The first activity for the day was a visitation to the Hang Sung Sot cave, one of the largest, if not the largest, cave in Halong Bay. The cave itself was quite impressive, although a tid bit overrun by toursit groups. Kenny managed to get on quite a few people's nerves as he kept hustling us along, limiting picture taking and posing time. "We are familiy", he cried, "stay together." Perhaps he was suffering the same issue as our guide to the cu chi tunnels; that is, we all look the same to him and he didn't want any stragglers to be lost. But pictures were taken nonetheless:
The second and last official outdoor activity for the day was a 60 minute canoe stint. Canoes were more wet than usual due to the rain earlier, but as Cyndi insisted, "Damnit, we're going canoeing." She may have not said it in exactly those words, but you get the drift. So Lawton and I got our pants wet sharing a canoe, while Cyndi and Matt shared their own boat. Given the cool and rainy climate, splashing/tipping games were kept to a minimum, and we actually had quite a jolly time paddling around the bay and taking pictures.
After finishing our excercise for the day, we once again resorted back to scheming on how to access our contraband. As luck would have it, our now befriended London girls informed us that another English couple on the boat had brought a wine bottle opener. I had shared a beer with him after canoeing, and he quickly agreed to make the opener available to us. Score. Here's a pic of them in the canoe - Thanks!
Our grand plan for the evening was to have dinner, have a couple of drinks in one of our cabins (Liz, Kat, and the English couple joined us in our mischief), followed by a Karaoke session on the boat's built-in Karaoke setup. We managed to accomplish the first task quite easily; task 2, however, didn't really happen as we discovered the entire crew already in bed as we ascended to the main deck around 21:30. So that plan was aborted, and Matt and I went over to the girl's cabin to chill and teach them some proper American English. Bed time came sometime after midnight, which was actually quite late given our 7 am departure in the morning.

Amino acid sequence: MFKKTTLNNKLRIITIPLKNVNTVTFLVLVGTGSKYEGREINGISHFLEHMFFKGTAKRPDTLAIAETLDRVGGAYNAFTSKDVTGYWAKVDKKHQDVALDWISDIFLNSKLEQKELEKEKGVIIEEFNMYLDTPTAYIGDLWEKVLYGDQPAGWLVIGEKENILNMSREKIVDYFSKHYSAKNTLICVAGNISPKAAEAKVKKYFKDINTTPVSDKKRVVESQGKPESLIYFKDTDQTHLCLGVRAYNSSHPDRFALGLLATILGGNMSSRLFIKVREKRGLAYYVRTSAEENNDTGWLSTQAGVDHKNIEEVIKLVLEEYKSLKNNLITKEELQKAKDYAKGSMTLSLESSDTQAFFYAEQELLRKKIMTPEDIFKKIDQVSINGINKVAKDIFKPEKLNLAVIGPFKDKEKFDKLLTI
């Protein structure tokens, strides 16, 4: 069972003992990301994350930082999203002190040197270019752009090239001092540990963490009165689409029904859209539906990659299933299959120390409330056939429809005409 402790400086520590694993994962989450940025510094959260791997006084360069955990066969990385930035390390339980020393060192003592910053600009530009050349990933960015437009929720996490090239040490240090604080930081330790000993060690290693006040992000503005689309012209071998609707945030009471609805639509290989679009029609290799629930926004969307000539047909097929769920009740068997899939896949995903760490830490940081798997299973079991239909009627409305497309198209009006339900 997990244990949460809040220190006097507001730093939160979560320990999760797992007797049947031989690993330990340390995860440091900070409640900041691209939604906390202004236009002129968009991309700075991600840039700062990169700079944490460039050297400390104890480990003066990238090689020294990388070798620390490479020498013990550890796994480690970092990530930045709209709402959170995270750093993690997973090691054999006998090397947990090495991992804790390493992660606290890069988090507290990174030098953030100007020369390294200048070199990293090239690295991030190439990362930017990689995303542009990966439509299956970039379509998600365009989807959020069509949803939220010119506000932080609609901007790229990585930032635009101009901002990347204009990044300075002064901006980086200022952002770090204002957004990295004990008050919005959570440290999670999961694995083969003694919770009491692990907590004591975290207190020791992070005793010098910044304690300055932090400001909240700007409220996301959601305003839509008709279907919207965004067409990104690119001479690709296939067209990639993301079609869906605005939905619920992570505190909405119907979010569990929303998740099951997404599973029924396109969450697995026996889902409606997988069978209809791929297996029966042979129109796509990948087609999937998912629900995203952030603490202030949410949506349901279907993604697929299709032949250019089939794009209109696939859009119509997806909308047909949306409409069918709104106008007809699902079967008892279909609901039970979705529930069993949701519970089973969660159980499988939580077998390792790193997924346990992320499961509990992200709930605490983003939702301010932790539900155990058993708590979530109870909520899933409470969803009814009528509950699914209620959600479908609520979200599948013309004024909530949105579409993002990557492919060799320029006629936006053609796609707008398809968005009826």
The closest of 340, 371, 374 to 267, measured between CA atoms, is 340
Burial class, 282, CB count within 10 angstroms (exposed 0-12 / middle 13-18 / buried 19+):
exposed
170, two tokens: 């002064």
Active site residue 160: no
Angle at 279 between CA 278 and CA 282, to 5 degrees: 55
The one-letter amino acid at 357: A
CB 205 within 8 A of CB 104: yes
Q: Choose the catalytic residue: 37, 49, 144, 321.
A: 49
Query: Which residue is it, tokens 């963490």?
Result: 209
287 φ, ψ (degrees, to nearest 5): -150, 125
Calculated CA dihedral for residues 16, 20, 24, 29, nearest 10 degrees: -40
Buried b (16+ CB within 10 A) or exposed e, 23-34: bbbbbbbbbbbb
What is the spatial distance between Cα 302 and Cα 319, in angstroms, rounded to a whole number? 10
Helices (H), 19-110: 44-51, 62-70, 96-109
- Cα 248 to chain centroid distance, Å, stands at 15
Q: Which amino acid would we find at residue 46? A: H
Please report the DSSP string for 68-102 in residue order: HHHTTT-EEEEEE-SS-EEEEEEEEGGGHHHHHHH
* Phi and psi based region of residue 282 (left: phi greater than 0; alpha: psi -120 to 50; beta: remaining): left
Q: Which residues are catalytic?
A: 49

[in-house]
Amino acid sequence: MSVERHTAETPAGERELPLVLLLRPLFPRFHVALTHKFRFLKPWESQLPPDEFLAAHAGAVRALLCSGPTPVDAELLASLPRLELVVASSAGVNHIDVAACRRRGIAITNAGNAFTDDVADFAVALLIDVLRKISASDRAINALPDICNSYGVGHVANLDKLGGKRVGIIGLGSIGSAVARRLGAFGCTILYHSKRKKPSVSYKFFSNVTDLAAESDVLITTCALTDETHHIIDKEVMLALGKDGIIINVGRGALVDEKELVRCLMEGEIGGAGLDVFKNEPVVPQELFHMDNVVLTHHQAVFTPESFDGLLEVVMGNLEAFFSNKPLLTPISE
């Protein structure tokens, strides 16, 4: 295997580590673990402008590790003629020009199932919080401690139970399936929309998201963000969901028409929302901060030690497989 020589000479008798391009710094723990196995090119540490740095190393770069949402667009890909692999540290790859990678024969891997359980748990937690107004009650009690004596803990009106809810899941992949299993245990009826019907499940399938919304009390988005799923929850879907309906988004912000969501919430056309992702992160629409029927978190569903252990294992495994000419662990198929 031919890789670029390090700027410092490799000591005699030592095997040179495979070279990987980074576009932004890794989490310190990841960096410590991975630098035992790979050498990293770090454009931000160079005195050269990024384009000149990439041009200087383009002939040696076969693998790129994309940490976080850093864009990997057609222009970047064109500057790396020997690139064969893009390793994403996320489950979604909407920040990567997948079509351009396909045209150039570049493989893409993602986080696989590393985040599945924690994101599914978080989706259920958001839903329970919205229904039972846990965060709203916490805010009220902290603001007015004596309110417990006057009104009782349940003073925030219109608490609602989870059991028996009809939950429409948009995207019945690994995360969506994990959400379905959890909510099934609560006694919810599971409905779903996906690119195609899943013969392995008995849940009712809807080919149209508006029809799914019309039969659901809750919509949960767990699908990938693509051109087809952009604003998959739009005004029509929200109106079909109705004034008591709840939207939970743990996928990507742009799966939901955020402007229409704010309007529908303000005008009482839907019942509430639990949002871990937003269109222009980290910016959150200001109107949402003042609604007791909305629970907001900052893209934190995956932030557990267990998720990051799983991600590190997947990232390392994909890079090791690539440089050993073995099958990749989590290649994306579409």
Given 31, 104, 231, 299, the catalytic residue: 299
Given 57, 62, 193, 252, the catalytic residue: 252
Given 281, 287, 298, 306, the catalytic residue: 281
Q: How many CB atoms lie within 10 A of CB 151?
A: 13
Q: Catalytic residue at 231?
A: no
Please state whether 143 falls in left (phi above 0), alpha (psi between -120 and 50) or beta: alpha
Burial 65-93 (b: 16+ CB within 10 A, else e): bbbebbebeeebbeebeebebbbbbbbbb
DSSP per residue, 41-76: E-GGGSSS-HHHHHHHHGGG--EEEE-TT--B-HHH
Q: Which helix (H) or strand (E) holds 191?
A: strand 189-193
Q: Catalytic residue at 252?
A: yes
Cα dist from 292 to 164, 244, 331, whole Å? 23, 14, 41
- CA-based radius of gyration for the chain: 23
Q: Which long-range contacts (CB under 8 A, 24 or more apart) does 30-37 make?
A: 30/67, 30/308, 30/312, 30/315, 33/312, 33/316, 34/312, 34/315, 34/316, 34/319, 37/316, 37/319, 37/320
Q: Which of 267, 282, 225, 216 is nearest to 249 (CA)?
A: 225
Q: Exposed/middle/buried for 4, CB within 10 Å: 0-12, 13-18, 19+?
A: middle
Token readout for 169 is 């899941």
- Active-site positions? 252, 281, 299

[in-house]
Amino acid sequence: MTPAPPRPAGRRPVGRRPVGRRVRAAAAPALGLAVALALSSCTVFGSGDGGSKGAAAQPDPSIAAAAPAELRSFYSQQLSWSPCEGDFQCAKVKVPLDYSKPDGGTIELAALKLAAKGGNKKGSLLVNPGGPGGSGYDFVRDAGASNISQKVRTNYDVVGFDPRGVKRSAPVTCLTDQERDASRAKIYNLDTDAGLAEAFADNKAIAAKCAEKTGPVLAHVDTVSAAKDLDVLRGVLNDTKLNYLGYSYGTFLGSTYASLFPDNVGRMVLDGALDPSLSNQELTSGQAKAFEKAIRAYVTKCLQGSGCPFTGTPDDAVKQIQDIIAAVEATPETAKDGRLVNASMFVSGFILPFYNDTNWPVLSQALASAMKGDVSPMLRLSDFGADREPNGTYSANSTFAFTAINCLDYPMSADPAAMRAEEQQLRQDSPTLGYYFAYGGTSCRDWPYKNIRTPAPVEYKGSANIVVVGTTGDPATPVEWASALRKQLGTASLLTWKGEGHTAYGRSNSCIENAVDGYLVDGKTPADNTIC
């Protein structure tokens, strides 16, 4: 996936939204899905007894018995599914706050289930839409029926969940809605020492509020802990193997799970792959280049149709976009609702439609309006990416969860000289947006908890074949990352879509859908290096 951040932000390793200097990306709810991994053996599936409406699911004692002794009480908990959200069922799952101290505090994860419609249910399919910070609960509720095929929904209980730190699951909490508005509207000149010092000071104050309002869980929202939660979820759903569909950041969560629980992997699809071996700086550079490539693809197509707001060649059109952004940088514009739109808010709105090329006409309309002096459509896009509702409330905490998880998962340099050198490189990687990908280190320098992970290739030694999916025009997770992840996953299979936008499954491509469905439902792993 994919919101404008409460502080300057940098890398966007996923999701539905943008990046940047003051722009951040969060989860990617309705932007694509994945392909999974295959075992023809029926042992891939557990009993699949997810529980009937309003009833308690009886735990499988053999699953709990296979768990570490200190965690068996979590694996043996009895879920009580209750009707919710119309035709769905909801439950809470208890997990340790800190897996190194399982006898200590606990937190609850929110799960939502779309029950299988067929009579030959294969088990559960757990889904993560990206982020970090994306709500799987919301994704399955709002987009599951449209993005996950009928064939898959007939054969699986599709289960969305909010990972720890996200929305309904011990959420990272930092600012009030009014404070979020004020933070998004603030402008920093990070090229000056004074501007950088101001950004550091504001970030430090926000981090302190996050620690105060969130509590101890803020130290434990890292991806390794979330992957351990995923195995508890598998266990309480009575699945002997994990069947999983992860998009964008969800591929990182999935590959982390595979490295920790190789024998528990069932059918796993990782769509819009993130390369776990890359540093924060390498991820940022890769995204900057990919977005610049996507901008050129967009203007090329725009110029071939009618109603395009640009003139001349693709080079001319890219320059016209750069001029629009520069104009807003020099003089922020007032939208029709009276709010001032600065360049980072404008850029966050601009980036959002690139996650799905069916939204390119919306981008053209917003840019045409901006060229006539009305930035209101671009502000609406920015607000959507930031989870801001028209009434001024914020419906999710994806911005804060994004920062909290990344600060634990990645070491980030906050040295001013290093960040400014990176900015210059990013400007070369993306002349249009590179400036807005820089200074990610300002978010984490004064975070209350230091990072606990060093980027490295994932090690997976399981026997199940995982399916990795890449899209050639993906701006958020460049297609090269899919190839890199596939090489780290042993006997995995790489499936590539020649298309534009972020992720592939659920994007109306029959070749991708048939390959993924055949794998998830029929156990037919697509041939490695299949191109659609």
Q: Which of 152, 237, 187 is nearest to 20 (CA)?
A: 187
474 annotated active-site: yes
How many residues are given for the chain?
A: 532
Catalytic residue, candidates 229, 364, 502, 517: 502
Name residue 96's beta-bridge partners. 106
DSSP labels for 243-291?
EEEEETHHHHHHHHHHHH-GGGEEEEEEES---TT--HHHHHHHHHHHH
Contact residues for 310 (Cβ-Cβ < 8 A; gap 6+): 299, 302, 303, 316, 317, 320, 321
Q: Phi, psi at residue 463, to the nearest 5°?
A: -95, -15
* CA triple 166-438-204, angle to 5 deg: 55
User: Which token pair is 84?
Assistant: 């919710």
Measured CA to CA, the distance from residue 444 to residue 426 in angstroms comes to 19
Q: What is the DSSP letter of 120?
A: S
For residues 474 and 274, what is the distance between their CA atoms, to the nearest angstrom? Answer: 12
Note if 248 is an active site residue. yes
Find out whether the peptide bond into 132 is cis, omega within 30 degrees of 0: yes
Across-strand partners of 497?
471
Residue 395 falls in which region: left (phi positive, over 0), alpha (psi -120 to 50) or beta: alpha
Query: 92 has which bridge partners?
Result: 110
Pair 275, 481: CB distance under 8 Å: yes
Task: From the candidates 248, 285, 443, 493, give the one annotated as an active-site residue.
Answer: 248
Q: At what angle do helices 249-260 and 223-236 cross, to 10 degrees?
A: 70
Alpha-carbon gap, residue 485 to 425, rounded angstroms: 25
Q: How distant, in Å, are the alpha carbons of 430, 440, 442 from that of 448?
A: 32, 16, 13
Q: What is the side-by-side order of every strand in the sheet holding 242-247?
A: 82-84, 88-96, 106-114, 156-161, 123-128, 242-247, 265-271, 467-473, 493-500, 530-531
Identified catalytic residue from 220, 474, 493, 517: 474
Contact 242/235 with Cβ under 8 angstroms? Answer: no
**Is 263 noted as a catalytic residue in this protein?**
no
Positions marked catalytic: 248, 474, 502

Diesel Alarm Clock and Free Coffee
If you've ever wondered what it's like to sleep next to a diesel engine, make sure to get a back room on a junkboat. Although I was already slightly awake, the vibration and noise from the boat engine quickly turned my "deluxe" bed akin to a cheap Vegas coin operated motel bed. It was actually a good thing, as it forced me to shower and join the rest of the boat for breakfast. The food was ok, but we were pleasantly surprised that they decided not to charge us for coffee or tea, if only during breakfast.
The rain had subsided during the course of the previous day, and the weather on Sunday was acutally somewhat decent although still devoid of acutal sun. We seized the opportunity for some good ol' Kodak moments on top of the boat while slowly heading back to the port.
Lunch was served shortly after de-boarding, and unfortunately left quite a bit to desire. Out of all the dishes, the rice was probably the most tolerable. We figured we'd just have a snack and nice dinner later. So we hopped on the bus and headed back towards Hanoi.